Review: ‘Paterson’

dfn-paterson-poster-300Sometimes, nothing can mean everything, at least in the hands of filmmaker Jim Jarmusch.

In Paterson, written and directed by Jarmusch, Adam Driver stars as a bus driver named Paterson. He and his wife Laura (Golshifteh Farahani) live in a modest home. They have a dog.

Routine is important to Paterson, the man. The morning dawn awakens him each day, ahead of the alarm. He dresses, walks to work, and drives silently for eight hours, through the narrow streets of Paterson, New Jersey. Sometimes he takes his lunch break at a local park, where he quietly writes poetry that he shares with no one. In the evenings, he often retreats to a windowless storage in his basement, where he writes more poetry. At the end of his work week, he drinks a beer at a neighborhood bar.

Paterson, the diverse community, is a city of about 150,000 people, located about 20 miles from New York City. To outsiders, it’s known primarily as a commuter city because of its proximity to Manhattan. Here, though, it’s a self-existing entity, a busy, mostly friendly, packed city that will be familiar to anyone who has lived or visited extensively in the Northeast United States.

Paterson’s marriage is a fitting symbol of diversity. There is evidence that he served in the military in the past, and she is from Iran. Where did they meet? How did they deal with cultural differences?

No matter. They are happy now, and clearly enjoy a loving relationship. They each have their quirks; Paterson is a taciturn fellow, while Laura is more outgoing and talkative. Yet they both have artistic souls. Paterson expresses himself through his poetry; Laura’s color palette is black and white, which she uses on any medium she encounters.

Things happen to Paterson and his wife. One day, the bus breaks down. On another evening, a disagreement at the bar turns briefly violent. On another day, Laura wonders how to earn money from her artistry. Eventually, something disturbs their gentle, pleasant routine, and they must seek to resolve the situation so they can return to their placid life.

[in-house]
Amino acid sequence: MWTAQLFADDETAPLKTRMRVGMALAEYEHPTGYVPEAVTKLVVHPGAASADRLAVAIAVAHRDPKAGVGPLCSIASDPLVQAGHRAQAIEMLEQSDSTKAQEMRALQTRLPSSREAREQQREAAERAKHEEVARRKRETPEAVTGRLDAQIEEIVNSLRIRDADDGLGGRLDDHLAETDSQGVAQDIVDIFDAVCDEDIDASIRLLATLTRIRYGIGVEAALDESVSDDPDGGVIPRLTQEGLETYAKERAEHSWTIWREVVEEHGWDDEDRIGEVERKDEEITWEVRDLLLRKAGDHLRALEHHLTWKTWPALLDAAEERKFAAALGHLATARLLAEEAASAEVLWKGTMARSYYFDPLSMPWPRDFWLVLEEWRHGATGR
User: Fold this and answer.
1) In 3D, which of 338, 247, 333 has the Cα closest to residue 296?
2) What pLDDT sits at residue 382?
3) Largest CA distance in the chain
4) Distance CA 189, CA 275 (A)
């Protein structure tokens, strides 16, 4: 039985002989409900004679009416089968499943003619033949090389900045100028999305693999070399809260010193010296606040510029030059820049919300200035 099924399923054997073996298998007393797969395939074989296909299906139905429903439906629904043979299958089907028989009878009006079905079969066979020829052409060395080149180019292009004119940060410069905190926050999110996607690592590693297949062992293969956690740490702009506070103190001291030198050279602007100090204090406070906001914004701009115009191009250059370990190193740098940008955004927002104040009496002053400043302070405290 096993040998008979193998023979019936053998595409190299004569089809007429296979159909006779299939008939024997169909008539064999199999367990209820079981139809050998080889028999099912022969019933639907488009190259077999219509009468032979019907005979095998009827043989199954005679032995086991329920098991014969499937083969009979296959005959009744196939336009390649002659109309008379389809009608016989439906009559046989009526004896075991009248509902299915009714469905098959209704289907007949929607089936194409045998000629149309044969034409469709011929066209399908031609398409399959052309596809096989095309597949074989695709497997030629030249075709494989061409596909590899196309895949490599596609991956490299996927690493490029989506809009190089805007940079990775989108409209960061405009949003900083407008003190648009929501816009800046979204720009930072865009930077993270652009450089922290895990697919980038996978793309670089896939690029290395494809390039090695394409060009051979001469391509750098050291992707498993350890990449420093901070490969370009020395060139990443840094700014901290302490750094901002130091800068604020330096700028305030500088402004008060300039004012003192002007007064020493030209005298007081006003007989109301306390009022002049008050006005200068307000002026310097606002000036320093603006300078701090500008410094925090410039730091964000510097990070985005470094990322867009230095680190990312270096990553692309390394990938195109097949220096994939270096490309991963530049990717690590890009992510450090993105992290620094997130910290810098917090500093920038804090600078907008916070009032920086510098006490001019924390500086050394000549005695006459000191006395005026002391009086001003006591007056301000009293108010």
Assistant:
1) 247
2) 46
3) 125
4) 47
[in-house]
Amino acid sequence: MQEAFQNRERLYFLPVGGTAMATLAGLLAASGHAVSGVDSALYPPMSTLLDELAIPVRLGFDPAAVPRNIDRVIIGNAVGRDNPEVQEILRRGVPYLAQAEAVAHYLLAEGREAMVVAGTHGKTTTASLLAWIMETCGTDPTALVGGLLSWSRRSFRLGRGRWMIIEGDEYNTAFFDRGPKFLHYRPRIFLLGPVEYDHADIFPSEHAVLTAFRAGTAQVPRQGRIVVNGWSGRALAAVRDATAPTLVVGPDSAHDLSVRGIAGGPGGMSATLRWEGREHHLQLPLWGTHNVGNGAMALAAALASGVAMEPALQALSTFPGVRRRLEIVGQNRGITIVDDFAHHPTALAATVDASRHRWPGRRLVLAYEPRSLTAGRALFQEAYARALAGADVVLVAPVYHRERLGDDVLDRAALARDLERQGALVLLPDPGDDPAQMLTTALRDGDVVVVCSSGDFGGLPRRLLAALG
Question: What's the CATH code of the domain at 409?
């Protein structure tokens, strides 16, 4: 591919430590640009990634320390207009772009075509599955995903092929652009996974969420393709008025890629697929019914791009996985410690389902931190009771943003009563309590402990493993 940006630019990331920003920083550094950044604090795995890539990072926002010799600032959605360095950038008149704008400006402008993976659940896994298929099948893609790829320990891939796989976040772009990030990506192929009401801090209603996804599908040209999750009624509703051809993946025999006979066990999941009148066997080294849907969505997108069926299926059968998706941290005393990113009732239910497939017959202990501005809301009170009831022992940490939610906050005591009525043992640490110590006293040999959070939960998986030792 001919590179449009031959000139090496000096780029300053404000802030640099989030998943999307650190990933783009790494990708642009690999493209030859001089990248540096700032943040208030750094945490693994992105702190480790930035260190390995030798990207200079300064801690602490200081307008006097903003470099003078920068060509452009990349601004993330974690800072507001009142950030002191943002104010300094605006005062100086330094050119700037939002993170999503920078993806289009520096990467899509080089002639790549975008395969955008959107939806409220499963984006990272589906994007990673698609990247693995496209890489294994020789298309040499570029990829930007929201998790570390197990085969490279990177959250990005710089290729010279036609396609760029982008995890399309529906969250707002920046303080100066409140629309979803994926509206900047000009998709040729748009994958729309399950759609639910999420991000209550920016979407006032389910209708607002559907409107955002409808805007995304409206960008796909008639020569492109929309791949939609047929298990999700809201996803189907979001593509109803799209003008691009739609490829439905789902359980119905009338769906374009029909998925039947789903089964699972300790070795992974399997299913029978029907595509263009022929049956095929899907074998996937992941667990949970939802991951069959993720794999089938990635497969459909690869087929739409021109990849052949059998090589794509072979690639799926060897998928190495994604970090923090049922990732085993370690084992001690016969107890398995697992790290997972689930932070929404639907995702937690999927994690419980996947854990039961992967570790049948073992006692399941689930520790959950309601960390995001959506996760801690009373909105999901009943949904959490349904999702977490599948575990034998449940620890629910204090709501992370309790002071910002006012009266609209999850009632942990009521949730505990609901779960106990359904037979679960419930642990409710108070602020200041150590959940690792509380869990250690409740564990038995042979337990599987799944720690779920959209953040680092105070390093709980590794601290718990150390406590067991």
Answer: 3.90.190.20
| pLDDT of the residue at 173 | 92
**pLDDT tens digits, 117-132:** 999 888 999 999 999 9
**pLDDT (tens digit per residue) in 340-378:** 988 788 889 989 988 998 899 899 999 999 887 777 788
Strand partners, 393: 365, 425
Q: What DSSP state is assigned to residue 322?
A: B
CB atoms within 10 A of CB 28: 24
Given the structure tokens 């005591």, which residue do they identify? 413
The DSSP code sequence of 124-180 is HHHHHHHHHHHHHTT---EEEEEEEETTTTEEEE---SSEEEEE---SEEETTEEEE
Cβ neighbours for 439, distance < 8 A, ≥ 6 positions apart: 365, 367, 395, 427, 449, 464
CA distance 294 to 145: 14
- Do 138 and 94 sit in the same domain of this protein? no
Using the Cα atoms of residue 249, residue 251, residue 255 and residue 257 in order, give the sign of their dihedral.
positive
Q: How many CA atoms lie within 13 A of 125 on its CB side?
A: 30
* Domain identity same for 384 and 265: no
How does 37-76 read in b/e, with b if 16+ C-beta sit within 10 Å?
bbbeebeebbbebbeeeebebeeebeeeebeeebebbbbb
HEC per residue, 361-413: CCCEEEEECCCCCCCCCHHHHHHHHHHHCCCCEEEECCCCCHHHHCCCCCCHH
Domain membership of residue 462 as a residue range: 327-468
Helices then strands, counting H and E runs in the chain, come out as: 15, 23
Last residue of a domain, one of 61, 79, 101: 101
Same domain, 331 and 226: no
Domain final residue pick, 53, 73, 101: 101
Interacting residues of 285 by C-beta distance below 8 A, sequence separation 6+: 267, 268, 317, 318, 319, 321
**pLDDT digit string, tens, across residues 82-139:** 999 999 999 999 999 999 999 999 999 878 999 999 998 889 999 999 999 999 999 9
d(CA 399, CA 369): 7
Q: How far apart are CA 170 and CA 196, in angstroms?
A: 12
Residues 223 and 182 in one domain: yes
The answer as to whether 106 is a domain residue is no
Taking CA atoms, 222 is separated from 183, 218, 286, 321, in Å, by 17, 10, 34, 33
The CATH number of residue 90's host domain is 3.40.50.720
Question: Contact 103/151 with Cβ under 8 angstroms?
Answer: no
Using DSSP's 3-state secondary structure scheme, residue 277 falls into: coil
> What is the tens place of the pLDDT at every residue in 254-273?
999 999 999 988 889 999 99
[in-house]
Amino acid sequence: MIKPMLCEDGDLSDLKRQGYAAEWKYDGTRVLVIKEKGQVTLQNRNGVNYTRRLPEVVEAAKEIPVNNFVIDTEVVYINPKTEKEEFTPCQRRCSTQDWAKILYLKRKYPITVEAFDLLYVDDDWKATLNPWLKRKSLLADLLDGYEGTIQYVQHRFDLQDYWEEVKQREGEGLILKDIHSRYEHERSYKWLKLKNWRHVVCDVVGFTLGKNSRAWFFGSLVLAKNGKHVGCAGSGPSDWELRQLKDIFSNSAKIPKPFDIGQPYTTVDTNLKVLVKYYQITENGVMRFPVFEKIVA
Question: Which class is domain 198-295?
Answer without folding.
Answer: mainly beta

Among Jarmusch’s early films, Night on Earth fascinated me. I watched it six or seven times on cable; its magical powers of routine and repetition in different locations around the world were increasingly mesmerizing. That movie revolved around five different cab drivers, so perhaps that’s why I’m making the connection, or perhaps it’s because routines have become more important to me as I age.

Certainly an argument can be made that routine is the enemy of an artistic life. Speaking only for myself, I would argue the converse; by the force of repetition, artistic inclinations can be set free.

That, it seems, is what has happened to Paterson. Most likely, it began in his early childhood, the desire to express himself. At some point, poetry became his favored medium. Could he explain it to anyone else? Perhaps not, especially since, outwardly, he has such a reserved personality. In poetry, however, Paterson enjoys total freedom, even if no one else ever reads it or acknowledges his creative gift.

The lulling, unhurried rhythms of Paterson, the movie, are naturally more attractive to some of us than others. The accumulation of those rhythms, however, and Paterson’s life force, and that of Laura, add up to something very, very special.

The film opens at Angelika Film Center in Dallas on Friday, July 27, via distributor Bleecker Street.